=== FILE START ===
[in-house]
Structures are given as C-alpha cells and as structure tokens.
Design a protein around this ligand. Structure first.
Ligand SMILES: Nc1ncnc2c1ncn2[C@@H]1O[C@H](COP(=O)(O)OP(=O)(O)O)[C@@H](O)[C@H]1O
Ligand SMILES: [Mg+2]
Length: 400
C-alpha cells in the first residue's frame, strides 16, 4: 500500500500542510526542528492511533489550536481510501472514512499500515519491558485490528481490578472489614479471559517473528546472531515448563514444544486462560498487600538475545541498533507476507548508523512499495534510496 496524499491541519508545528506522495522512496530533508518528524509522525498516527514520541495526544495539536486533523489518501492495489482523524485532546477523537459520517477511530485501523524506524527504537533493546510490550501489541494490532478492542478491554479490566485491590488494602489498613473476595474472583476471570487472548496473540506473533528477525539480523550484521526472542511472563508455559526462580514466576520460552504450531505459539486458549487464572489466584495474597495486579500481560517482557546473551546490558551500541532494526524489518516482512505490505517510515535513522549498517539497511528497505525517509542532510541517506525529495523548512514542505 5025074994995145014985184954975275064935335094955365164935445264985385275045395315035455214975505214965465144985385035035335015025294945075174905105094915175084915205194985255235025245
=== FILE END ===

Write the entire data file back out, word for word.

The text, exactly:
[in-house]
Structures are given as C-alpha cells and as structure tokens.
Design a protein around this ligand. Structure first.
Ligand SMILES: Nc1ncnc2c1ncn2[C@@H]1O[C@H](COP(=O)(O)OP(=O)(O)O)[C@@H](O)[C@H]1O
Ligand SMILES: [Mg+2]
Length: 400
C-alpha cells in the first residue's frame, strides 16, 4: 500500500500542510526542528492511533489550536481510501472514512499500515519491558485490528481490578472489614479471559517473528546472531515448563514444544486462560498487600538475545541498533507476507548508523512499495534510496 496524499491541519508545528506522495522512496530533508518528524509522525498516527514520541495526544495539536486533523489518501492495489482523524485532546477523537459520517477511530485501523524506524527504537533493546510490550501489541494490532478492542478491554479490566485491590488494602489498613473476595474472583476471570487472548496473540506473533528477525539480523550484521526472542511472563508455559526462580514466576520460552504450531505459539486458549487464572489466584495474597495486579500481560517482557546473551546490558551500541532494526524489518516482512505490505517510515535513522549498517539497511528497505525517509542532510541517506525529495523548512514542505 5025074994995145014985184954975275064935335094955365164935445264985385275045395315035455214975505214965465144985385035035335015025294945075174905105094915175084915205194985255235025245